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Secondary Timing Chain Tensioners vs. Complete Timing Overhaul

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XK8 / XKR ( X100 ) 1996 - 2006

Secondary Timing Chain Tensioners vs. Complete Timing Overhaul

 
  #41  
Old 03-12-2019, 08:43 PM
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I want to emphasize what is mentioned in the previous post.
Loosening and removing the crankshaft bolt is a heavy job, and you need the proper tool to hold the damper. You will be pulling firmly on a three foot breaker bar extension/pipe.
The tools for locking the flexplate or camshafts are not up to the task. Don't even try.
Using anything other than the proper tool here will just cost you more time and money.
In the thread of my timing chain replacement, I have a picture of the tool braced against the body with a piece of wood. This worked well. I highly recommend it.
With the proper tools, this is no big deal. Keep it that way.
Buy or rent the tool. It's cheaper than a new, or rebuilt, damper, or worse. This is no time to try to engineer a way to save a dollar and cost yourself $1000.
Christopher's Foreign Car Parts in Egg Harbor Township, New Jersey will hook you up.
 
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  #42  
Old 03-13-2019, 09:13 AM
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I fully agree with Greg. Nothing else should be used, primarily or as secondary support, to hold the crankshaft except for the holding tool firmly attached to the damper hub. I mentioned aligning the cams as a matter of convenience for myself to have everything close when I get to the next steps of the chain alignment and to confirm that my chains have not skipped a tooth. With two tools of that extended length working against each other, there is a LOT of pressure going in and other parts would quickly break up. If you can mount the tool against a firm body part like Greg did, that works fine. Somehow my situation did not line up as well (Didn't really try that hard to create that set up) and I was fortunate to find the pipes I needed in my local Home Depot scrap bin since I was going by there anyway. The right tools are always preferred.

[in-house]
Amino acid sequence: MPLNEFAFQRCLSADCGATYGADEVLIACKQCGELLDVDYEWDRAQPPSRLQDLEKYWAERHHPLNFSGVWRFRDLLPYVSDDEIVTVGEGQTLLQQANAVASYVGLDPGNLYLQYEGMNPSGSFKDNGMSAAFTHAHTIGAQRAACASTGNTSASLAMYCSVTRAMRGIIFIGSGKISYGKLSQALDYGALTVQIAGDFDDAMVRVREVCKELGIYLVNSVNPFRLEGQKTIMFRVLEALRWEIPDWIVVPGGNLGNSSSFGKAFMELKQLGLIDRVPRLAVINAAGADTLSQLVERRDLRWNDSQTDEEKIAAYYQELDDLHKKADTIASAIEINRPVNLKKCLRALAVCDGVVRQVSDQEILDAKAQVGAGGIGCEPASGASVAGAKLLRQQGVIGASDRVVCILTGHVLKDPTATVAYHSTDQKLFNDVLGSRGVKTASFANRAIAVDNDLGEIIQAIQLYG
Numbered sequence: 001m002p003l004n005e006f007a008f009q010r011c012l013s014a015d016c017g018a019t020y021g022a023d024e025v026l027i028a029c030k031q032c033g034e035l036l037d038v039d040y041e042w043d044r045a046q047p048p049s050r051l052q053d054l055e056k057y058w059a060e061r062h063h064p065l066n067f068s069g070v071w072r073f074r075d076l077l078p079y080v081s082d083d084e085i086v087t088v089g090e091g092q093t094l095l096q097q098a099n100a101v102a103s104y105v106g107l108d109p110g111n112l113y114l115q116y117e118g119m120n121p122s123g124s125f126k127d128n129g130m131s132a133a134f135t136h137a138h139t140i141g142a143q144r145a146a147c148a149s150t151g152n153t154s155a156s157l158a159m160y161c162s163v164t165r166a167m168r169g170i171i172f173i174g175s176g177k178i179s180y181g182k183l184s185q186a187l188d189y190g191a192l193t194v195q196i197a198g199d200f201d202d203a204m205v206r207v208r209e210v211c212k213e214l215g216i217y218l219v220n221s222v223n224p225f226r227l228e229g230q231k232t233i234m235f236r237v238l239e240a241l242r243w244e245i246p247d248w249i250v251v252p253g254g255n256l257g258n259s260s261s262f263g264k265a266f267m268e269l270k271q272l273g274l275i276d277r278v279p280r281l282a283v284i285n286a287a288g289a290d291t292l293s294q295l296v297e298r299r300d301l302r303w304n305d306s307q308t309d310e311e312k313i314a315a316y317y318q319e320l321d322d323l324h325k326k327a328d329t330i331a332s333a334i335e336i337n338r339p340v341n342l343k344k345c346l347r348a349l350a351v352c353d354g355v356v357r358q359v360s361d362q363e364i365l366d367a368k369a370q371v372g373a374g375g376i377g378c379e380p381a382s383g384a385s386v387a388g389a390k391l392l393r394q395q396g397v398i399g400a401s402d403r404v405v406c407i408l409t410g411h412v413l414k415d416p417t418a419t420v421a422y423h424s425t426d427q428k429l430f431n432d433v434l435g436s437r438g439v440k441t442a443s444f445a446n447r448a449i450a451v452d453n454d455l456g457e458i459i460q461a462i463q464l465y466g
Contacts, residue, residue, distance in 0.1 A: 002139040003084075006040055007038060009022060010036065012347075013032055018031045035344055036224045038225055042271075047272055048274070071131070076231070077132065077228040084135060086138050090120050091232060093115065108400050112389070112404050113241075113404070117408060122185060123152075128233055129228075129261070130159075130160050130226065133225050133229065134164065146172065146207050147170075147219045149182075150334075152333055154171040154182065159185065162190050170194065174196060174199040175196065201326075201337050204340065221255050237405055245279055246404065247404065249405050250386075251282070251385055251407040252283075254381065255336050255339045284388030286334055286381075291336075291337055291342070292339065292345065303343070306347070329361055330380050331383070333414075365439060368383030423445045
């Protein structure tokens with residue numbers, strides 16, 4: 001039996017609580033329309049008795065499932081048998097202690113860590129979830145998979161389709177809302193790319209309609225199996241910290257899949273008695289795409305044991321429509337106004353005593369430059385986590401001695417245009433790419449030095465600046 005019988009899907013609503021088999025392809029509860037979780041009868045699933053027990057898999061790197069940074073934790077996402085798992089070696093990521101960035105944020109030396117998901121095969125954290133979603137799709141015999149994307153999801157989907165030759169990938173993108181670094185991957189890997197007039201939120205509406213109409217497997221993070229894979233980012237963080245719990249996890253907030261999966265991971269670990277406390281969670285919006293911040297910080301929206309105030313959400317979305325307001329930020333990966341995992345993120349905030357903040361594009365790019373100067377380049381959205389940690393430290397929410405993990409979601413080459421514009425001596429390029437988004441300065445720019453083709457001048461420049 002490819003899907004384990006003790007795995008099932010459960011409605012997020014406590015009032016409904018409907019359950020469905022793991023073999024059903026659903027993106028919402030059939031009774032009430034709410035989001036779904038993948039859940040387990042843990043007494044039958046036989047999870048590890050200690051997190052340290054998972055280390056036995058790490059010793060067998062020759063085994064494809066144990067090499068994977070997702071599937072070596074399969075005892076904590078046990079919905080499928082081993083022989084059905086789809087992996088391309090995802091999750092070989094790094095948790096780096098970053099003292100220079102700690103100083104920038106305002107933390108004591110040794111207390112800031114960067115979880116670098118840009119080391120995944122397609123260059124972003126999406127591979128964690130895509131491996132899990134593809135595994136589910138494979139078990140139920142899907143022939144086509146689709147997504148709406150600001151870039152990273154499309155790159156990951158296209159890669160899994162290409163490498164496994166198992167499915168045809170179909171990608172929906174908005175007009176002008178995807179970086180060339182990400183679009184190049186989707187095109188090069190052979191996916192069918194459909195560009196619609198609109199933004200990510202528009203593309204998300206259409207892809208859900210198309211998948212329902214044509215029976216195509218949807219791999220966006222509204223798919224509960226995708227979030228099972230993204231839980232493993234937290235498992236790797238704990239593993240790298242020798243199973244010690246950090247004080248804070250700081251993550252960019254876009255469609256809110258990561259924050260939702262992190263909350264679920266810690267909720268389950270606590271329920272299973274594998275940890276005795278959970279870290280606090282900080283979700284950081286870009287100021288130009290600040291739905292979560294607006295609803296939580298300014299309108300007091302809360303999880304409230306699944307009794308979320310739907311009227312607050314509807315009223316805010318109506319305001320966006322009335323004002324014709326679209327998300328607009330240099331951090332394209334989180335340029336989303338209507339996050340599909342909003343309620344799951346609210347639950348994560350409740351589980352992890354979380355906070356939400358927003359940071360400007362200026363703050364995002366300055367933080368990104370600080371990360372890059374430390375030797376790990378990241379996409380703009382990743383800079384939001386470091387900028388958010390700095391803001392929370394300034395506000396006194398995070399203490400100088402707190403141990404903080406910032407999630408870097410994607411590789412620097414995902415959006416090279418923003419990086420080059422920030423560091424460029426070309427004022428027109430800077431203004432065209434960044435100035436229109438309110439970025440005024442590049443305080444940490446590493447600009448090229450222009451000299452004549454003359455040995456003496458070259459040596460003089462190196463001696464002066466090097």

Mark
 
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  #43  
Old 03-13-2019, 09:31 AM
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Should there be something that plugs either the viewing hole down next to the crankshaft positioning sensor, or the opening on the other side of the flywheel housing? I'm open on both sides and am feeling a bit naked.
Mark
 
  #44  
Old 03-13-2019, 06:41 PM
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There is a curvy rectangularish rubber plug about 2 inches by 3 inches to view the holes on the flexplate. Most of the holes in the flexplate are square but the one that fits the tool is oval. Unfortunately you can't see the oval one as it's approaching the proper position, but you get a nice view of it just after it went too far. Great placement of the hole by Jaguar.
This is the one man version of this task: With the plug out, just watch the flats on the cams as you rotate the crankshaft. When the flats on the cams are close to parallel, stop and check the flexplate. Move the crankshaft as little as possible and check the flexplate again. Realize you went too far and go around again. After a few times, you'll see the oval hole coming into position. Use a screwdriver through the hole to get the flexplate in the perfect position.
 
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  #45  
Old 03-14-2019, 08:06 AM
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Yeah, that rectangularish rubber plug (Perfect description :-)) is what I'm looking for. Now how to search for that in the suppliers catalogs?
 
  #46  
Old 03-15-2019, 03:37 AM
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Originally Posted by Nemesis435 View Post
Yeah, that rectangularish rubber plug (Perfect description :-)) is what I'm looking for. Now how to search for that in the suppliers catalogs?
My 98 stone guard was missing. Part is NLA. I found one used.
 
 
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